I’ve been avoiding writing for this blog, because I thought I have not been able to find any linked descendants. But thinking about it a few weeks ago, I realized that is not true, though I was far too young to realize the importance of the meeting.
The story begins in Richmond, VA, in 1860. My father’s maternal great grandfather was John Venable Hardwicke. He lived in Richmond with his wife, Margaret, his son, Charles Wood Hardwicke, and three anonymous enslaved people. One was a young woman about 25 years old. The others were boys 7 and 8 years old, perhaps her sons. I now believe the woman was likely pregnant, though I have no direct evidence to that effect.
The story now moves forward to 1920, still in Richmond. Charles Wood Hardwick had grown up and lives there with his wife, Alice, and his daughter, Louise, her husband, Charles Henry Collier, and their children, Charles, Louise, and Sarah. Charles Hardwick also employed several African American servants, one of whom was a cook, named Mary Jones, who was about 60 years old, though no one knew her actual birthdate. Mrs. Jones had worked for the Hardwick family for years, since she was a young woman, and she and the Hardwickes had a very close relationship.
Finally, the story jumps forward to 1950, to Wilmington, DE. Little Charles Collier had married Katheryn Powell. They had two sons, Charles and Ken, me. There was a family gathering in Richmond of some kind, and we traveled down for it. My parents decided that I was too young to attend this event, so they arranged for me to be cared for at the home of my father’s aunt.
Mrs. Jones was then about 90 years old, too old to work. But my father’s grandmother, Alice, had assured her that she could live with the Hardwickes as long as she liked or needed. When Alice died, her daughter, my grandmother’s older sister, honored that promise, and Mrs. Jones lived in her home. This is the home to which I was delivered for babysitting.
It didn’t take long before Mrs. Jones heard that I was there. My father’s childhood nickname was “General”, and she insisted on meeting “General’s son”. I remember being taken to a back room in the upper story of the house and being introduced to her. I have no memory of anything that was said, but I do remember her and the bright white linen cap that she wore. I had never seen anything like it and was fascinated.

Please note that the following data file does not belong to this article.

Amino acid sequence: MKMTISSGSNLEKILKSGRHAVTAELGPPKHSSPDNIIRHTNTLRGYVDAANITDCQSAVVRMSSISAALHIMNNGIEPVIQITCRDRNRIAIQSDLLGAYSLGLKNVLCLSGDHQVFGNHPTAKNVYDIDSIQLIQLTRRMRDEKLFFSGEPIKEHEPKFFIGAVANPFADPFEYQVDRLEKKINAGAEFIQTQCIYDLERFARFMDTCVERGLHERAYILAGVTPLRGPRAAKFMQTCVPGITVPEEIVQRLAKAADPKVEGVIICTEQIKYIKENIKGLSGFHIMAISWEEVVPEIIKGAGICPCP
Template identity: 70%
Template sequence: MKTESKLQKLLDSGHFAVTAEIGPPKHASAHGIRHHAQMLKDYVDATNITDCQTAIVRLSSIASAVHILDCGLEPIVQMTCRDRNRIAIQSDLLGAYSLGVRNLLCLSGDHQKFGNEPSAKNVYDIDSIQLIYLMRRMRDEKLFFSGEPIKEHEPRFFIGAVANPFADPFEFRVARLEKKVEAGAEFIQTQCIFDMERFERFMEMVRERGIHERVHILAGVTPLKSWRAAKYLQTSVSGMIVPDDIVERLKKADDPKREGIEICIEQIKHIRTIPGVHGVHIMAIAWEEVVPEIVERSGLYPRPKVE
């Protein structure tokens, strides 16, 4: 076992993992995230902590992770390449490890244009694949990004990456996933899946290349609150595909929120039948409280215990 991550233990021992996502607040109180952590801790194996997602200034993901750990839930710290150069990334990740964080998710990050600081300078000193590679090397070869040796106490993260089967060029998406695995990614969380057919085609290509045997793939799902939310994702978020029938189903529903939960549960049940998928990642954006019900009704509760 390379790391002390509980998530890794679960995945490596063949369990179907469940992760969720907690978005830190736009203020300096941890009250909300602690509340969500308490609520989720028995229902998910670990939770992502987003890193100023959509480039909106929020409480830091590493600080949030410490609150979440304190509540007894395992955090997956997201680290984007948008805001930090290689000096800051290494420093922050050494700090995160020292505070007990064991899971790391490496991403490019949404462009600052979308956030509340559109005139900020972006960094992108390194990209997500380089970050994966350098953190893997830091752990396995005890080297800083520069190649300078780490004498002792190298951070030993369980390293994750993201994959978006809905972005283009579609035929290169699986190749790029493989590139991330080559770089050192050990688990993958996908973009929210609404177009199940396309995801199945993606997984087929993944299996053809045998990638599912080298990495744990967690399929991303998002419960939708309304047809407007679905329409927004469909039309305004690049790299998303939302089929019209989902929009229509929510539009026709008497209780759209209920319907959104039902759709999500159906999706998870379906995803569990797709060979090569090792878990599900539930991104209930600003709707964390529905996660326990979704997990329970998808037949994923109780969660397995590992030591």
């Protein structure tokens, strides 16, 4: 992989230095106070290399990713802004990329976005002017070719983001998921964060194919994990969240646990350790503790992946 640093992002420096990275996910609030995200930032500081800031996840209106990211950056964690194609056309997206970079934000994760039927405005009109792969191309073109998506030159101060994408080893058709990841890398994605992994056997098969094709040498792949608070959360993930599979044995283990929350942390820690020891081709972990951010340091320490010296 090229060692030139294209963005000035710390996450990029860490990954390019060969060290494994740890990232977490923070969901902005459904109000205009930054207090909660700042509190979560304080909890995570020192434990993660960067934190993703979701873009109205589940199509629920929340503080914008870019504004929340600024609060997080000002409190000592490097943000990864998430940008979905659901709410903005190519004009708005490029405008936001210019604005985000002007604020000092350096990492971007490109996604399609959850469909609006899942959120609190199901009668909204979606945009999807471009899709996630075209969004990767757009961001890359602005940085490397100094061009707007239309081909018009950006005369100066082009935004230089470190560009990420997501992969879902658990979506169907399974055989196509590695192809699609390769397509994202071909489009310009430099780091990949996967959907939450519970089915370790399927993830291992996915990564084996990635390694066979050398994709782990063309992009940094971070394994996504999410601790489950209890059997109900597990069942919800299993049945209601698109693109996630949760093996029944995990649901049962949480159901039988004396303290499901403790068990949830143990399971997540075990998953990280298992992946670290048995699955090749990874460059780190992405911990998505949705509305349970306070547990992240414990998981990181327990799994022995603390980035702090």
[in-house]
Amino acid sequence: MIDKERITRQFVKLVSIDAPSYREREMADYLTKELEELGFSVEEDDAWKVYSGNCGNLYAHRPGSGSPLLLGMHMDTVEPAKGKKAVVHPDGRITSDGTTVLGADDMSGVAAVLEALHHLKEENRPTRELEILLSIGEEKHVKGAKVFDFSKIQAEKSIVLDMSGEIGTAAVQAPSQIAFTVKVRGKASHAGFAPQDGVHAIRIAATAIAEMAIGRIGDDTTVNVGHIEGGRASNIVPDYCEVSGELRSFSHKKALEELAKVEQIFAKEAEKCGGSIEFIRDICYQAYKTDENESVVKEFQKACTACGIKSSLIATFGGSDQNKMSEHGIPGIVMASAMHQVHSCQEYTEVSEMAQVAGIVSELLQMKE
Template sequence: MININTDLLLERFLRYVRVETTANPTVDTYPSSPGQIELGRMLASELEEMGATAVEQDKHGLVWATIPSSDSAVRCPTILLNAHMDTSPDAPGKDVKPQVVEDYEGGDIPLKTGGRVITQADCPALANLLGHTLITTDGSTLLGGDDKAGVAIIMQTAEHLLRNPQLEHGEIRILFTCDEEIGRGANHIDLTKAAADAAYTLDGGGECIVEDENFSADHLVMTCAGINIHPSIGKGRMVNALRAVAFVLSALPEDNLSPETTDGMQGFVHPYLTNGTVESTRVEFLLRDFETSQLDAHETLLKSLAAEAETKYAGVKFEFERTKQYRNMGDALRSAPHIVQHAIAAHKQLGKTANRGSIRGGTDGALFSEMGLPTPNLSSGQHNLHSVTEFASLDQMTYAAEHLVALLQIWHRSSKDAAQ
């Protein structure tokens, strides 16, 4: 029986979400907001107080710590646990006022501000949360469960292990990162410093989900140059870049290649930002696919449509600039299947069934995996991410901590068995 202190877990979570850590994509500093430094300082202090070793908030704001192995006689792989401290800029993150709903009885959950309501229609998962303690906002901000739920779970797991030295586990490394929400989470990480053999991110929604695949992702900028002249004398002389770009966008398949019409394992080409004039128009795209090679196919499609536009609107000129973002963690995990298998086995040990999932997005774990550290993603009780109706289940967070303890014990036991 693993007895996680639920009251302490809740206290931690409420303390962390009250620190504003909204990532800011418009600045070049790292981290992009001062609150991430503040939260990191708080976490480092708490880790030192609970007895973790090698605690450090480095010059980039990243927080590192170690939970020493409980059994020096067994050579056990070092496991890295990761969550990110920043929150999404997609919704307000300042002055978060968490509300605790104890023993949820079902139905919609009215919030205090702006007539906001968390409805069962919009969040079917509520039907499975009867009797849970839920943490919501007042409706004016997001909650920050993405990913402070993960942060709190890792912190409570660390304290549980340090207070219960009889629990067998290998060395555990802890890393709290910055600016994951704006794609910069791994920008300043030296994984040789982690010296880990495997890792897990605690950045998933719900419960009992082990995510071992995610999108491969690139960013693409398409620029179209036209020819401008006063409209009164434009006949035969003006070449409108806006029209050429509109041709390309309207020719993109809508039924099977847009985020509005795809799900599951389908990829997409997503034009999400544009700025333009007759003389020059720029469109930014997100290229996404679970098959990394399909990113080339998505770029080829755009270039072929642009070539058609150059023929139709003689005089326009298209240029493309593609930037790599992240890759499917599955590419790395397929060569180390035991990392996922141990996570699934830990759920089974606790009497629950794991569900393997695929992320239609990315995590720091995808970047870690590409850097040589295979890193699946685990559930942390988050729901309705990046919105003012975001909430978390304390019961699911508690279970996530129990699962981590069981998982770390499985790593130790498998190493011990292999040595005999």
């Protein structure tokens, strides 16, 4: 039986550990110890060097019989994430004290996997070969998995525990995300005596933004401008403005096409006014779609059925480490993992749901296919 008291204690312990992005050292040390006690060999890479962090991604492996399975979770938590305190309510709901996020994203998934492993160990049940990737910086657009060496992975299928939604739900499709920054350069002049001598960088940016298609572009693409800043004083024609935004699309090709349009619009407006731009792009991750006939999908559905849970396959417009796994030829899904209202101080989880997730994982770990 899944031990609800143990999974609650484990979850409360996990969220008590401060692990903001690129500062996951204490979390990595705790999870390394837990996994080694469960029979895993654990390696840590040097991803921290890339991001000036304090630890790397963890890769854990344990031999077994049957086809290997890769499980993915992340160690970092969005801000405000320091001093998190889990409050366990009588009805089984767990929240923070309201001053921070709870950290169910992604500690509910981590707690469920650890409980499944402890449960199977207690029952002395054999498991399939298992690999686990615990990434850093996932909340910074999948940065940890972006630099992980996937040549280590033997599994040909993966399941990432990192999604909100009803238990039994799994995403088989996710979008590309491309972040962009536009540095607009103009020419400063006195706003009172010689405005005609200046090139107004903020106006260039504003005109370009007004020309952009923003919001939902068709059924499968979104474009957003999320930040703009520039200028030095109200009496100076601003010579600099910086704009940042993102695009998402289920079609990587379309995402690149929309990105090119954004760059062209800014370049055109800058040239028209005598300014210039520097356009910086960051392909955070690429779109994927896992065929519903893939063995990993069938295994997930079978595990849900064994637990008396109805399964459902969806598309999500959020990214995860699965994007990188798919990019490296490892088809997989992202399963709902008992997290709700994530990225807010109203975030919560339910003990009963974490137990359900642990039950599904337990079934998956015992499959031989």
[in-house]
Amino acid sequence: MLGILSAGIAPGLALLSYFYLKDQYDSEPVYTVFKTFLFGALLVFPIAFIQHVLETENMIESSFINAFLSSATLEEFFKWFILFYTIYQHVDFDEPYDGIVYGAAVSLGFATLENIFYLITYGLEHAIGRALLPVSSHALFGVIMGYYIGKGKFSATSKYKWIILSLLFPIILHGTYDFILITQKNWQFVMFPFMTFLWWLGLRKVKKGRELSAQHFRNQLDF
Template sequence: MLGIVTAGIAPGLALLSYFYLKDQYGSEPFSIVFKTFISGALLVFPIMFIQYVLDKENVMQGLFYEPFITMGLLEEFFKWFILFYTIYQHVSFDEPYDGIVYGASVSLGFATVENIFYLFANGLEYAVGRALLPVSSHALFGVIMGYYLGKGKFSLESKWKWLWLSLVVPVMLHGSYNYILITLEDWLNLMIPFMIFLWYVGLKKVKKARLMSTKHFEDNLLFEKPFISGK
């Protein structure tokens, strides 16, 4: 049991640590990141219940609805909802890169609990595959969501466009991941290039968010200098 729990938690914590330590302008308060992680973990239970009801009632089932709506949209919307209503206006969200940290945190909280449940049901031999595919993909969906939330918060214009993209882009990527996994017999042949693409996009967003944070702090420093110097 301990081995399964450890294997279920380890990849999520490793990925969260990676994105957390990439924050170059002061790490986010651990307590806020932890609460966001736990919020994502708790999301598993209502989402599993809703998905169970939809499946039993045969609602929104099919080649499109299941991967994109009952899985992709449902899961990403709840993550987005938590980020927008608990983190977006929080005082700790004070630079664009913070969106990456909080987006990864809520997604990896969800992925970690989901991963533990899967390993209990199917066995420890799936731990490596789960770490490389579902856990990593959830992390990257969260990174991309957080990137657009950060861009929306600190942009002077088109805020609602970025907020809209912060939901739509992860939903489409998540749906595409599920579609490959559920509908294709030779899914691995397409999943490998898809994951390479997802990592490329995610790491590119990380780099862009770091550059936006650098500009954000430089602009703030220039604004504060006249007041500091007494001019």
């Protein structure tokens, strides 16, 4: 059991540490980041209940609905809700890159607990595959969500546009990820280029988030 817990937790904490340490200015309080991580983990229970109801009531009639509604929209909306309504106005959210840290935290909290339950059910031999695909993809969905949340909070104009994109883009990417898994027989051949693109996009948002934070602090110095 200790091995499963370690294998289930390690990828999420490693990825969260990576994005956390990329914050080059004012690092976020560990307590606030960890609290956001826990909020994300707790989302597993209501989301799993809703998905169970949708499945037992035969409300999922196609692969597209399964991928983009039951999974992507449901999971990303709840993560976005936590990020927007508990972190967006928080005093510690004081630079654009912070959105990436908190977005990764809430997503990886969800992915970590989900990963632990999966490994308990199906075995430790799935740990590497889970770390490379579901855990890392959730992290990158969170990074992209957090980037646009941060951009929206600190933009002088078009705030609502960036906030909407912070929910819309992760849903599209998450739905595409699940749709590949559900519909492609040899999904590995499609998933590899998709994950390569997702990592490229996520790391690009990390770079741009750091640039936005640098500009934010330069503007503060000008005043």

Over the years when we would travel again to Richmond for one reason or another, there was always talk of “Mary” and how she was doing. (It would be more than 55 years before I learned her last name.) She died in 1961 “about 100 years old.”
After both my father and his parents had died, it suddenly dawned on me that Mrs. Jones was in all likelihood born into slavery. I asked my mother about that. She told me it was her understanding that Mrs. Jones had been given into the family as a wedding present, a brutal but common practice in the Antebellum South. Subsequently I learned that Mrs. Jones could not have been given as a wedding present, but the young enslaved woman living in the Hardwicke home could have been.
Whatever the truth of the wedding present story, could it not have been the case that this young woman enslaved in 1860 by the Hardwickes was Mrs. Jones mother? And if so then, then meeting her, had I not met the woman who was, in all likelihood, the last living person enslaved by my family? I believe so.
I still have unanswered questions. First, I do not have firm evidence that Mrs. Jones’ mother was enslaved by John Hardwicke. Second, even if she was Mrs. Jones’ mother, I do not know who her father was. It could have been John Hardwicke, but it could also have been someone else, someone completely unrelated to me. Third, I know nothing of her family. Since her name was a very common one, I have been unable to trace her through census records with any degree of certainty. But I believe that she had children, and likely also grandchildren. If I could find them, I might be able to answer some of these questions.
In any event, the memory of that meeting 63 years ago between a very old woman and a very young boy has haunted me over the years. It was a gift. It lay, almost but not quite dormant, in my heart for years, growing more and more insistent until it became a restlessness urging me to find out the truth of my family as slaveholders. At least at this level, Mrs. Jones and I are linked by slavery.